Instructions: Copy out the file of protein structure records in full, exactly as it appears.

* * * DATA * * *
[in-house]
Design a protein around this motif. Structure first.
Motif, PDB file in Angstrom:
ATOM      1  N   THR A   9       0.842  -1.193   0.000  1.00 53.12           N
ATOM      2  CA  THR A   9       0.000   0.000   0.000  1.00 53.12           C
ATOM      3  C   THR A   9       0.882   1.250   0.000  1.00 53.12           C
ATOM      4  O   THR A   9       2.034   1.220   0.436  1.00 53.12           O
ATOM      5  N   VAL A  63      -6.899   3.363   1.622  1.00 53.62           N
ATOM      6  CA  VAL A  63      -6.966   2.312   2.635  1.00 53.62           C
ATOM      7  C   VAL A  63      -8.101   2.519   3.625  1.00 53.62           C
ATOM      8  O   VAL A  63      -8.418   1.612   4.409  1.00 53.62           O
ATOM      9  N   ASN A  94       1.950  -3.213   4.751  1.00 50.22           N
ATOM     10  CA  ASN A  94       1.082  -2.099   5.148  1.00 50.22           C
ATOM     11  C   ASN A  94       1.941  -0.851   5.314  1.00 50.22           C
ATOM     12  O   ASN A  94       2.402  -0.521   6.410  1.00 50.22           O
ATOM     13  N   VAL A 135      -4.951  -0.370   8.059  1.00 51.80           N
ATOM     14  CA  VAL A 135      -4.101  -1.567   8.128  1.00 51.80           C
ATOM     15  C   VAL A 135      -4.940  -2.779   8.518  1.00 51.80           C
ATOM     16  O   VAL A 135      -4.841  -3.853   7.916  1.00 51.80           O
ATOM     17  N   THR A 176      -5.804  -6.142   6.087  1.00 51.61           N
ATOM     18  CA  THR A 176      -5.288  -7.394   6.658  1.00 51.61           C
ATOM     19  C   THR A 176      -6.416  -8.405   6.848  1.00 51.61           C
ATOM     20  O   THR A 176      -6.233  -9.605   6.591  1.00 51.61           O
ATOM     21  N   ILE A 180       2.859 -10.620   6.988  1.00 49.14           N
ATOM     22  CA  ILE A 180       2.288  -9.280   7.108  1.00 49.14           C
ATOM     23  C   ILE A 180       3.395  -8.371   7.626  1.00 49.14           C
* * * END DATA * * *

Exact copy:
[in-house]
Design a protein around this motif. Structure first.
Motif, PDB file in Angstrom:
ATOM      1  N   THR A   9       0.842  -1.193   0.000  1.00 53.12           N
ATOM      2  CA  THR A   9       0.000   0.000   0.000  1.00 53.12           C
ATOM      3  C   THR A   9       0.882   1.250   0.000  1.00 53.12           C
ATOM      4  O   THR A   9       2.034   1.220   0.436  1.00 53.12           O
ATOM      5  N   VAL A  63      -6.899   3.363   1.622  1.00 53.62           N
ATOM      6  CA  VAL A  63      -6.966   2.312   2.635  1.00 53.62           C
ATOM      7  C   VAL A  63      -8.101   2.519   3.625  1.00 53.62           C
ATOM      8  O   VAL A  63      -8.418   1.612   4.409  1.00 53.62           O
ATOM      9  N   ASN A  94       1.950  -3.213   4.751  1.00 50.22           N
ATOM     10  CA  ASN A  94       1.082  -2.099   5.148  1.00 50.22           C
ATOM     11  C   ASN A  94       1.941  -0.851   5.314  1.00 50.22           C
ATOM     12  O   ASN A  94       2.402  -0.521   6.410  1.00 50.22           O
ATOM     13  N   VAL A 135      -4.951  -0.370   8.059  1.00 51.80           N
ATOM     14  CA  VAL A 135      -4.101  -1.567   8.128  1.00 51.80           C
ATOM     15  C   VAL A 135      -4.940  -2.779   8.518  1.00 51.80           C
ATOM     16  O   VAL A 135      -4.841  -3.853   7.916  1.00 51.80           O
ATOM     17  N   THR A 176      -5.804  -6.142   6.087  1.00 51.61           N
ATOM     18  CA  THR A 176      -5.288  -7.394   6.658  1.00 51.61           C
ATOM     19  C   THR A 176      -6.416  -8.405   6.848  1.00 51.61           C
ATOM     20  O   THR A 176      -6.233  -9.605   6.591  1.00 51.61           O
ATOM     21  N   ILE A 180       2.859 -10.620   6.988  1.00 49.14           N
ATOM     22  CA  ILE A 180       2.288  -9.280   7.108  1.00 49.14           C
ATOM     23  C   ILE A 180       3.395  -8.371   7.626  1.00 49.14           C